Few topics in the theory of language are as closely related to legal interpretation as the linguistic indeterminacy associated with ambiguity and vagueness. Significant portions of the institutional legal system, especially courts at the appellate level and supreme courts, are for the most part concerned not with disentangling the facts of cases but with the indeterminacies of the law. In a colloquial sense, both vagueness and ambiguity are employed generically to indicate indeterminacy. This is the sense in which vagueness is understood in the ‘void for vagueness’ doctrine, according to which a statute is considered void if it is framed in terms so indeterminate that its meaning can only be guessed at. Vagueness may relate to individuation or classification. There are at least four different vantage points from which to address the problems caused by vagueness: logic, ontology, epistemology, and semantics. This article explores ambiguity and vagueness in legal interpretation, and discusses other forms of indeterminacy, kinds of vagueness, and vagueness and the rule of law.
According to conventional contract law, the formation of a valid agreement ordinarily involves an offer, an acceptance, and consideration. The former two elements typically take place through spoken or written language: an offeror proposes to do something in exchange for something of value to be given by an offeree. The latter may then accept the offer, reject it, or make a counteroffer. What is it that makes this particular verbal exchange so special, and how does it differ from other acts of speech which may also entail legal consequences, such as issuing a threat, offering a bribe, defaming someone, or perjuring oneself? This article addresses this question using speech-act theory, a linguistic approach to meaning advocated by two language philosophers, John Austin (1962) and John Searle (1969). It presents Searle's requirements (called felicity conditions) that commissive illocutions must satisfy in order to be well-formed speech acts. The article also discusses contract formation by focusing on promise versus offer and commitment versus obligation.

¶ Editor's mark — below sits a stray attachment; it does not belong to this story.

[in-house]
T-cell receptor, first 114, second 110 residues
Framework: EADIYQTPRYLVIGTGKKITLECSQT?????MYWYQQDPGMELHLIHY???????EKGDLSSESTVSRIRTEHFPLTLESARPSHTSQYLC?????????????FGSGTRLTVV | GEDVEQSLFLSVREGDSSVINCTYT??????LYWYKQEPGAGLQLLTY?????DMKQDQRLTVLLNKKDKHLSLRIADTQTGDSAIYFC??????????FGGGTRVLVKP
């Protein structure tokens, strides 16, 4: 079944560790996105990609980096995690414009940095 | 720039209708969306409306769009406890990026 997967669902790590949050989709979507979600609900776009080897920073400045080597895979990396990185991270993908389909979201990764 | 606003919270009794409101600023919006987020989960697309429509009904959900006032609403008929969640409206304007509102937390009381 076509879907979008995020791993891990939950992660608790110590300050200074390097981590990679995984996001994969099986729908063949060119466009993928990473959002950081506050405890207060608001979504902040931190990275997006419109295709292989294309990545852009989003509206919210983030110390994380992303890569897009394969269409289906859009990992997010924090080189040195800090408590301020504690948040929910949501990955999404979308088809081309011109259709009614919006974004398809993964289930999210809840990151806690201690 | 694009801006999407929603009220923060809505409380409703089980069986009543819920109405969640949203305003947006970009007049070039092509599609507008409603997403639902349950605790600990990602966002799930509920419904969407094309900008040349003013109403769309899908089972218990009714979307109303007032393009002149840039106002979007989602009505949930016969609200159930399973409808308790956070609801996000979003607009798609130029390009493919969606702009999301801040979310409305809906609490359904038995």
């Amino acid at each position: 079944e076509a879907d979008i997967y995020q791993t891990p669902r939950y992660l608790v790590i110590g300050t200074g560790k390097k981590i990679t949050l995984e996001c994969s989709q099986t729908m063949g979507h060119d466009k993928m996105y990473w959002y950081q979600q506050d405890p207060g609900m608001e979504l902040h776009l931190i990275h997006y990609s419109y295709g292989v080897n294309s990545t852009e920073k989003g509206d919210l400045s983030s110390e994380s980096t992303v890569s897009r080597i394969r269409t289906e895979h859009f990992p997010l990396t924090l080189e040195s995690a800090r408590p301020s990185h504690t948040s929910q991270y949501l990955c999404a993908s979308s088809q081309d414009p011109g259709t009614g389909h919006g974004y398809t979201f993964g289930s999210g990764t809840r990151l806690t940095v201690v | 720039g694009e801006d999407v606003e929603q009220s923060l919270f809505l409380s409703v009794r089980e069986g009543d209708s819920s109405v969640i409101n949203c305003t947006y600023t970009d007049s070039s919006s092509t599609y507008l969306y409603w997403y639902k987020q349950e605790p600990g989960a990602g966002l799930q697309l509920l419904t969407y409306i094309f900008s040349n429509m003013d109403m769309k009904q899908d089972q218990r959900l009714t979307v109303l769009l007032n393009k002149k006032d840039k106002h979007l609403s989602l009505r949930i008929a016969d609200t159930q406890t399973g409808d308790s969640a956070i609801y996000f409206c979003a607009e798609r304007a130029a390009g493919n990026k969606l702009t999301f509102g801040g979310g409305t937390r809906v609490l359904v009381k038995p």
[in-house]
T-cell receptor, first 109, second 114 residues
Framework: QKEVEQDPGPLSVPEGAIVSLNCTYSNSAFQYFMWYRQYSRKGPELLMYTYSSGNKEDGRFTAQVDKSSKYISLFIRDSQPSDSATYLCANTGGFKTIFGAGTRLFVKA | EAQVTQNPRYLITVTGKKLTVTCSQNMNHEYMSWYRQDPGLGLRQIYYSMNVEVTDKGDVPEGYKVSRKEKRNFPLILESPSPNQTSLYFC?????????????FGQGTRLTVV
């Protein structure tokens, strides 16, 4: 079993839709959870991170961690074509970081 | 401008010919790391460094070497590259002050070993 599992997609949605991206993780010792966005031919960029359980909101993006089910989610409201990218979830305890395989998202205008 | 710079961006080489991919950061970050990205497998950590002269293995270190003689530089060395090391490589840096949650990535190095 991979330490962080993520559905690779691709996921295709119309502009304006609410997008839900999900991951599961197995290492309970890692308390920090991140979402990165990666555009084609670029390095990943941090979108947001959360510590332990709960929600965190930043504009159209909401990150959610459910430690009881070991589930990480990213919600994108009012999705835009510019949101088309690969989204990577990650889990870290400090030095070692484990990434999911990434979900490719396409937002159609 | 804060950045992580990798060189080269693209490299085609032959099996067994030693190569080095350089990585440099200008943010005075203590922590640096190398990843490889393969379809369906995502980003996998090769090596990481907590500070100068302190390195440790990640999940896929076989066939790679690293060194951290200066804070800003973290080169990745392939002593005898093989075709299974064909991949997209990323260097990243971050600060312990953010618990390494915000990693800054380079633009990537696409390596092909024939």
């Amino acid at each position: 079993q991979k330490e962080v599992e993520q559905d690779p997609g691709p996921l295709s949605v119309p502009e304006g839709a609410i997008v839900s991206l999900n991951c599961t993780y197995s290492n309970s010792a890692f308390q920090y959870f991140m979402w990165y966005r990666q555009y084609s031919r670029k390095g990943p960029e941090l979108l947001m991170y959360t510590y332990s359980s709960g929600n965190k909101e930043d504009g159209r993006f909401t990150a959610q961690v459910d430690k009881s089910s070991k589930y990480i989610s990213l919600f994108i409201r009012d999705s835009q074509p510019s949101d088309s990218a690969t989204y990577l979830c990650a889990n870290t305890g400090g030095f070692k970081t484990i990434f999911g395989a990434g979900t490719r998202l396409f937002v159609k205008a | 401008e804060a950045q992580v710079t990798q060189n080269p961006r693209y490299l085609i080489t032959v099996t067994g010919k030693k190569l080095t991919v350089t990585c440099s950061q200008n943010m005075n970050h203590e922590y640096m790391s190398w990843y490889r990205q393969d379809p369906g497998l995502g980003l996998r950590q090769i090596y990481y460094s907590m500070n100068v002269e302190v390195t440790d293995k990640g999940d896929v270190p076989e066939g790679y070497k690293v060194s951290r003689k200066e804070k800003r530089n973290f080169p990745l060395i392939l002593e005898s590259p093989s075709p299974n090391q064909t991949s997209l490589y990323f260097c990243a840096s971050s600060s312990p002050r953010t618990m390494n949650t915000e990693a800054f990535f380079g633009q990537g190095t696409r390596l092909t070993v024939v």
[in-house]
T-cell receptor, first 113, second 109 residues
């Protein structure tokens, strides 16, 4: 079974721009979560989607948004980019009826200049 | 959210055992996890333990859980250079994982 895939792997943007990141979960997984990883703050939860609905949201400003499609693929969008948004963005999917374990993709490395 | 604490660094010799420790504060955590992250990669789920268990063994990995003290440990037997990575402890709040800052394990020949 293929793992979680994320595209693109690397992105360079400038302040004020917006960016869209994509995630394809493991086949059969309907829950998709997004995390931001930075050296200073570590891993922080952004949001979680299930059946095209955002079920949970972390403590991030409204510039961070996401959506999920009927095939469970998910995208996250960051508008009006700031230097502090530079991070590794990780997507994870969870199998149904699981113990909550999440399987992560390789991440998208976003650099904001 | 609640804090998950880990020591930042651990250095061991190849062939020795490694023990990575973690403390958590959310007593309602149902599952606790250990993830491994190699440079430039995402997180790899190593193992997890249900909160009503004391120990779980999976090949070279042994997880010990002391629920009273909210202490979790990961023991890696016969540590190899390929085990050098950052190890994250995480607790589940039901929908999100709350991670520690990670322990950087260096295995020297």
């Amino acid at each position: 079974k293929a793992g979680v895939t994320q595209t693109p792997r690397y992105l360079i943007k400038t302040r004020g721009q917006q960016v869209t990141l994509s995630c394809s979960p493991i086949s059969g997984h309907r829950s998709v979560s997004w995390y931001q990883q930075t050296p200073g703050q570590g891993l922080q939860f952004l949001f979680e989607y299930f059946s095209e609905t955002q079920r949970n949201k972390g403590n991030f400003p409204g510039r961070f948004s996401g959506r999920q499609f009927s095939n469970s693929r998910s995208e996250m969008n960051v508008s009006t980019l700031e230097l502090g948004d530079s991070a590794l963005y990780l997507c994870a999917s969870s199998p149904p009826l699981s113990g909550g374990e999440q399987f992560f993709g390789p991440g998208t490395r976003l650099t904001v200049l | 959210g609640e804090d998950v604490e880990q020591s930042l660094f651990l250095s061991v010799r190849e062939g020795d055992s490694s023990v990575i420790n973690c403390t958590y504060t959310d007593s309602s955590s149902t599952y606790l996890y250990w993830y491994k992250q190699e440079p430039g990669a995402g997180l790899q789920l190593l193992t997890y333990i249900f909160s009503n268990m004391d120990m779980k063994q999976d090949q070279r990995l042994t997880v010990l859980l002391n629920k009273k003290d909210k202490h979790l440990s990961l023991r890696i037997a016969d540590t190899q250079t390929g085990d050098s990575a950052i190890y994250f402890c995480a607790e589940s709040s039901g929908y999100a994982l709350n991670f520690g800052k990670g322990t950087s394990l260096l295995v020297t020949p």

Interrogation Through Pragmatic Implication: Sticking to the Letter of the Law While Violating its Intent
Deborah Davis and Richard A. Leo
Throughout American history, police-induced false confessions have been among the leading causes of wrongful conviction. The law in the United States has evolved over time to protect suspects from police coercion and to discourage the use of physical violence, explicit threats, or promises of leniency contingent upon confession. However, police have adapted and developed pre-interrogation and interrogation procedures that are specifically designed to convey the forbidden messages indirectly, through the process of pragmatic implication. They deliberately use indirect implication both to negate Miranda warnings and to convey the forbidden explicit promises or threats contingent on the suspect's choice of confession or continued denial. These indirect strategies of implication violate the intent of the law while adhering to its literal content. This article reviews common police interrogation tactics, with particular emphasis on those conveying implicit messages beyond their literal content. It shows that most such implied messages are conveyed indirectly by the interrogator and understood by the suspect through conversational implicatures based on the presumption of relevance.